BLITZER: Yes. And certainly to the detriment of millions of people in Ukraine right now. I originally thought, well, Putin, maybe he'll do something along the border, like he do with the Crimea. But I was surprised when he decided to go and attack all of Ukraine and trying to seek control of that country. That came as a surprise to me.

ROBERTSON: And it did to me as well. We heard him threaten military technical measures, if we don't get what we want with NATO. NATO needs to roll back and needs to go back to 1997. It needs to stop Ukraine becoming a member. I think people thought this was just Putin wanting a voice at the table. Once he got his voice at the table, he wouldn't follow through. But his become more and more determined.

And we're now in a position of looking at the scenario going forward. Putin is taking tracts of land territory cities. We've seen a mayor of a town marched off today. A proxy installed in the mayor's place. The future therefore, in Putin's mind in Ukraine is going to be more of that. What happens?

Where is the war going to stop? And how do you get Putin then to let go these places and get them back to the Ukrainians because it's going to be a very, very long war for them, painful, huge losses, how do we turn, how do we get Putin to push back and I don't I don't see that right now. I don't see where that mechanism is.


BLITZER: You were doing great reporting from Moscow over these past few months, Jill Dougherty was doing great reporting from Moscow, everybody basically fled, left Moscow out of fear that if they reported the truth about the Russian invasion of Ukraine, they could wind up in jail for 15 years. What's it like for the media in Moscow right now?

ROBERTSON: There was a moment during the opening days of the wall, when you knew you had space to go out where the protests were happening and to stand shoulder to shoulder with the protesters, elbow to elbow with the riot cops, and know that they weren't going around you up, that you're very unlikely to be thrown in the truck with the rest of the protesters. That's gone.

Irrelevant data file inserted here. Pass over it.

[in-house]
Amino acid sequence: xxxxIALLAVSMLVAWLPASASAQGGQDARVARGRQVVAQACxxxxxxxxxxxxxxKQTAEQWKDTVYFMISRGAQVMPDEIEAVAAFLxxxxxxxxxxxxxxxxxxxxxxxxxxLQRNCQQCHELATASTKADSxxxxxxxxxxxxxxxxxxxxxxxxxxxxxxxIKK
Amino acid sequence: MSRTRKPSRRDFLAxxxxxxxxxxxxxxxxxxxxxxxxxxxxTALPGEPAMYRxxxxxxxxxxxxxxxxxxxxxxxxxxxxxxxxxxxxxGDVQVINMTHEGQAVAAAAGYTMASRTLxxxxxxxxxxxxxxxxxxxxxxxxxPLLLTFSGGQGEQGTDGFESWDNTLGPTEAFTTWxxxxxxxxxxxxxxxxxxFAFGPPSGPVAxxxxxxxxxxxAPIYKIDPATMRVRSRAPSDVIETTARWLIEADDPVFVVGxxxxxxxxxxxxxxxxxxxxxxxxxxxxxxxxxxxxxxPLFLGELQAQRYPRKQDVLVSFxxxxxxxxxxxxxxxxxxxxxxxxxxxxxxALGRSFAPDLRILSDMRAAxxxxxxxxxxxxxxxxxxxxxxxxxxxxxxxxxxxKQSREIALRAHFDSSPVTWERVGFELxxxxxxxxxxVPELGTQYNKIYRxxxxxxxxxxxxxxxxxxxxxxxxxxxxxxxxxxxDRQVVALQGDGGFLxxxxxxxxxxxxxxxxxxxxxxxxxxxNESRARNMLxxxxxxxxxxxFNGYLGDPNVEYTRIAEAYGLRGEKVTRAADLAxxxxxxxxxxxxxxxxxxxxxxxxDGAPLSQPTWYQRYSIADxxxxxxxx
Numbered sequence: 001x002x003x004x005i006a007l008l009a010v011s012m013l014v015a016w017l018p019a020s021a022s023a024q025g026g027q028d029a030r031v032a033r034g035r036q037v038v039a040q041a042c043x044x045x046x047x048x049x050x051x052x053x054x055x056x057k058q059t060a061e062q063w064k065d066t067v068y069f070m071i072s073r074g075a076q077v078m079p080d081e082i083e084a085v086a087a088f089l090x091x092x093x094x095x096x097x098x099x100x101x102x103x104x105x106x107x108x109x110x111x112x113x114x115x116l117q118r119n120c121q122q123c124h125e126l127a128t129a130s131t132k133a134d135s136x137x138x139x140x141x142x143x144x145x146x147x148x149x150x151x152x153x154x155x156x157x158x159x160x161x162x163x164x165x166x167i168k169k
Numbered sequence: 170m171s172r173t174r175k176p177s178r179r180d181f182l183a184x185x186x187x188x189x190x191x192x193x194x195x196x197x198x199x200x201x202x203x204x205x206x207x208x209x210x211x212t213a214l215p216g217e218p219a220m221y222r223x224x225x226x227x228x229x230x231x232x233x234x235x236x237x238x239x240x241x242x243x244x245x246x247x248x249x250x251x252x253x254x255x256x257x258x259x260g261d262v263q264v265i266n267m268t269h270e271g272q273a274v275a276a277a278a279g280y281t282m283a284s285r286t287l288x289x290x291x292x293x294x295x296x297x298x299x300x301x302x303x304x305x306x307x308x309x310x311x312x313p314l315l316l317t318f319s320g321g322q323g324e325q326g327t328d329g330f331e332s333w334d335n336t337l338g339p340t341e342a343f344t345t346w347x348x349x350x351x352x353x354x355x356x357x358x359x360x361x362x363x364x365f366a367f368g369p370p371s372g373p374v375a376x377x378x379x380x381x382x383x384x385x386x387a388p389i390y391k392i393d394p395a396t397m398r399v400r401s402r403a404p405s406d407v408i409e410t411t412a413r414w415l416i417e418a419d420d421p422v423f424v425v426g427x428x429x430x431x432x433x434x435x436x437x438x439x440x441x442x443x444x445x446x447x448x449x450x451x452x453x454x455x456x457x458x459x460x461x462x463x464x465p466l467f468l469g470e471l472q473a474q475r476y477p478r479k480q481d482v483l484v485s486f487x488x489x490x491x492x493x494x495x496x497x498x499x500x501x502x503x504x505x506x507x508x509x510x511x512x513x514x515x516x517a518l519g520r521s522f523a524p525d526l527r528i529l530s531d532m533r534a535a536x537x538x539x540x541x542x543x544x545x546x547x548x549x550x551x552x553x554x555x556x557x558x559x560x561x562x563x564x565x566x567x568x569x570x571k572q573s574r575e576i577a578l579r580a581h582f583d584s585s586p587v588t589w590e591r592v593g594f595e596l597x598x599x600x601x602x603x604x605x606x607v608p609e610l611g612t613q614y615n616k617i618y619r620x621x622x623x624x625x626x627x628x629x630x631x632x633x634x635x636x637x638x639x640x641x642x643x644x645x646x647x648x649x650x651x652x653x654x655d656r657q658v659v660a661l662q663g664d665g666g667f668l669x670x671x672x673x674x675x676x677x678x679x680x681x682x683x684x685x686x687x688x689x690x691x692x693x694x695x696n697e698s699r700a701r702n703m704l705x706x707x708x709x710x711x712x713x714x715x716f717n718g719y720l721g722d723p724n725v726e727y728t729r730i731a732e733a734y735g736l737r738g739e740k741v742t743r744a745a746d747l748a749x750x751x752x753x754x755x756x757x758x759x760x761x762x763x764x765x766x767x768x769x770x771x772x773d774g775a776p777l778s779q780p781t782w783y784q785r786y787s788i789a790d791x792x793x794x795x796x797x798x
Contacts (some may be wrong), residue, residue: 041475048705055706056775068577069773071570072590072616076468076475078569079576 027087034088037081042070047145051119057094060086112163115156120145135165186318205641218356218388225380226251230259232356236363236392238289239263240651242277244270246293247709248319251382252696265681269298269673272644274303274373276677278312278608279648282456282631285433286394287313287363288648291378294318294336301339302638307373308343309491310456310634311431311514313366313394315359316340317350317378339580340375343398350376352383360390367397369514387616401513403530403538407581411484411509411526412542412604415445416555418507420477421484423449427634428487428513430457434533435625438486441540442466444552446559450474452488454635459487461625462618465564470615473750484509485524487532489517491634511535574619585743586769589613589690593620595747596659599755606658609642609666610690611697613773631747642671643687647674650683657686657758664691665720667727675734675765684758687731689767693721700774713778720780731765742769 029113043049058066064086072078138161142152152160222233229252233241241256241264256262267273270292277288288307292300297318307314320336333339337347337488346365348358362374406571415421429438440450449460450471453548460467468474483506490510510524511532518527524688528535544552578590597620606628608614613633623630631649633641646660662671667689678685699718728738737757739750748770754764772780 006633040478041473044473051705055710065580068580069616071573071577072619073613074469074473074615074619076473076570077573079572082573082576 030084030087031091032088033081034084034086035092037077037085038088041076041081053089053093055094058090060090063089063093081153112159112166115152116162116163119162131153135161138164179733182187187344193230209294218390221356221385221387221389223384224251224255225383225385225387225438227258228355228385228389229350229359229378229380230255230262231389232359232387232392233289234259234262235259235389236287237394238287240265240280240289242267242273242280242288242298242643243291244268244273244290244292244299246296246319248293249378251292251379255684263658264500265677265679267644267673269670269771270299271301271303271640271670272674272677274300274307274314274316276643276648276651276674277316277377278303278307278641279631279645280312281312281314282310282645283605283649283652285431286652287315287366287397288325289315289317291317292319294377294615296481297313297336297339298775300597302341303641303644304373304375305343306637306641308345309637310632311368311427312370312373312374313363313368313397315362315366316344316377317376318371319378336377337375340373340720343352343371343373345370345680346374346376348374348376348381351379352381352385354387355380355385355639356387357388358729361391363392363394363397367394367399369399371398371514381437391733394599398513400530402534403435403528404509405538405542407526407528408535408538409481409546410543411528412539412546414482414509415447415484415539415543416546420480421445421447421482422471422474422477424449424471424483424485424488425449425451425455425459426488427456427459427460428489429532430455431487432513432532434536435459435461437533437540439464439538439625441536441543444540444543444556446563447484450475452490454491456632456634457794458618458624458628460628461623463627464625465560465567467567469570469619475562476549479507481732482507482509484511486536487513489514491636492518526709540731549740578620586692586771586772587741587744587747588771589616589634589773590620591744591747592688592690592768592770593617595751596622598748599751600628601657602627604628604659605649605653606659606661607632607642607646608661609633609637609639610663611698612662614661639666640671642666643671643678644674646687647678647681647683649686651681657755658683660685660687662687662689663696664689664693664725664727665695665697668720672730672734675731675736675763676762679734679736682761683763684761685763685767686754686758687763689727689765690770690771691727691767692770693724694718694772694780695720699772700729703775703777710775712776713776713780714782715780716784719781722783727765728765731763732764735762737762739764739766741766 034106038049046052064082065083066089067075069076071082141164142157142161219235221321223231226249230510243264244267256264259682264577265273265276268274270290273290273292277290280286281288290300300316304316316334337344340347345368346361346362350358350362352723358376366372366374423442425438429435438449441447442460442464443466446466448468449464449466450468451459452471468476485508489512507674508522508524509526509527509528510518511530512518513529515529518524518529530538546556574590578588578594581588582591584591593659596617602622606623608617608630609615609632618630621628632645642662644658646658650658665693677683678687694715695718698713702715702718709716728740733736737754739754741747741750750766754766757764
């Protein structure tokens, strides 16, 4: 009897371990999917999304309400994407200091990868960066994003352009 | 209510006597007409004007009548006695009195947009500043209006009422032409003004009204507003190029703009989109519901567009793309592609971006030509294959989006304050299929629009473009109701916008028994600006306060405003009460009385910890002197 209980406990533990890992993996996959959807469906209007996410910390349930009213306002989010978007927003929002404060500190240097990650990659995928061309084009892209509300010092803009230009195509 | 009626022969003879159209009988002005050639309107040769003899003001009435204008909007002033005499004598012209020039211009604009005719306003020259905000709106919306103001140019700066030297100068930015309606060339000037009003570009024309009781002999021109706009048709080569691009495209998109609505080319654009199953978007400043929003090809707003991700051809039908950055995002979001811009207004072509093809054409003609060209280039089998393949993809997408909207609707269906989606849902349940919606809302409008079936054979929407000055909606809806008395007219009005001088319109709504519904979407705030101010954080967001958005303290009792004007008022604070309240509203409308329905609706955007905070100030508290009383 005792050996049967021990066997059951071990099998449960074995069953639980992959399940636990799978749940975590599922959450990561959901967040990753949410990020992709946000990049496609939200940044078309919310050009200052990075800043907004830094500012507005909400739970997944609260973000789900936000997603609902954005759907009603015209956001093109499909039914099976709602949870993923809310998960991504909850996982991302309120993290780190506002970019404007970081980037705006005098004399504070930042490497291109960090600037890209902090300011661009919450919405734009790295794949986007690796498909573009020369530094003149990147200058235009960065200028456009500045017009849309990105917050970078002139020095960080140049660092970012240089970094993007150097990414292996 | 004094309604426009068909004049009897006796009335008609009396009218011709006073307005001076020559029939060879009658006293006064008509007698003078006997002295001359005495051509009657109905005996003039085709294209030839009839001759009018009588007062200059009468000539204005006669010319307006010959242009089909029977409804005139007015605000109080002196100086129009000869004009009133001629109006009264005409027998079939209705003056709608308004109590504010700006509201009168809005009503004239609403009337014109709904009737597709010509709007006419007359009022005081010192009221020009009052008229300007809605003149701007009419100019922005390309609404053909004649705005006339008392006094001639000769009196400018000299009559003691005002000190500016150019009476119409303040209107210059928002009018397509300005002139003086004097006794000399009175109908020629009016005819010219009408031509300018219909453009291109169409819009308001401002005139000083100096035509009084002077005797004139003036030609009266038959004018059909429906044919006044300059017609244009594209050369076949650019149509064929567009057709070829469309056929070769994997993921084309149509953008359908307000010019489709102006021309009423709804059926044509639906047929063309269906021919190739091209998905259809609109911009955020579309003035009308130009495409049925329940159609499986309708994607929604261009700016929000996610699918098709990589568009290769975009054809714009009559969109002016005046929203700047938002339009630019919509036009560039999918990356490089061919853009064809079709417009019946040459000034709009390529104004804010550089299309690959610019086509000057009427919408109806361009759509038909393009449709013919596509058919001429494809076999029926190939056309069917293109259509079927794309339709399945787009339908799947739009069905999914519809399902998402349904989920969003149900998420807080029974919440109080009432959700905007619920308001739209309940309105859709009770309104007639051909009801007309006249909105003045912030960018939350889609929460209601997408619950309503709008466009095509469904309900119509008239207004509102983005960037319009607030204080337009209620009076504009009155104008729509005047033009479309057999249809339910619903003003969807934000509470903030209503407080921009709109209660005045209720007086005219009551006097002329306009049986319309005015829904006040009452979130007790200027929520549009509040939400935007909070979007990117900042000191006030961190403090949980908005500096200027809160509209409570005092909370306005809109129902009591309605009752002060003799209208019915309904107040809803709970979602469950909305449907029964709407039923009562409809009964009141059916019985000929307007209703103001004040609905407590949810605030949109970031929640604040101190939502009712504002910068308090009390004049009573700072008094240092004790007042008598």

So when you're in that truck, Putin essentially has created a state where he can decide on what the rules and laws are going to be and he has a massive apparatus to follow through those rules. It's very much looking like the sort of Germany under the Nazis before World War II. Remember what we heard from the Nazis, "I was just following the rules. I was just following the rules."

Putin is creating the rules and there's a system and a law enforcement body and people that will follow those rules. And that's what's happening. So you end up being arrested today. You really don't know when you're going to come out the end of that, that legal chain.

BLITZER: You've been doing amazing reporting for us, not just now, but all of these years ago, 30 years together. We did the first Gulf War as well here on CNN and we're grateful to you, Nic, for doing everything you're doing. Thanks very much. And let me recommend to our viewers, if they haven't read it, go to and read Nic Robertson's excellent, very powerful moving article about Russia at

As countries in the West look for ways to finish - to punish, I shouldn't say, Putin and Russia, there are moves that are leading to economic consequences for their own countries as well; rising prices and everything from oil and gas to nickel for that matter. How much worse could it possibly be getting here in the US and indeed around the world? We'll discuss that's next.



BLITZER: Much more in a moment on the breaking news in Ukraine, but we also have some breaking news here in the United States. The NYPD now confirms that two people have been stabbed at the Museum of Modern Art in New York. Our correspondent Polo Sandoval is joining us. The NYPD, I understand, just gave it update. What are you learning?

POLO SANDOVAL, CNN CORRESPONDENT: They released a lot of information, Wolf, since you and I spoke about an hour ago. Among those details that the search is on for the suspect involved, according to the NYPD this individual's 60-year-old man that was known to be irregular at New York's Museum of Modern Art until yesterday, when according to detectives, there were two separate incidents that involve disorderly conduct in the past that led to his membership is MoMA membership being revoked.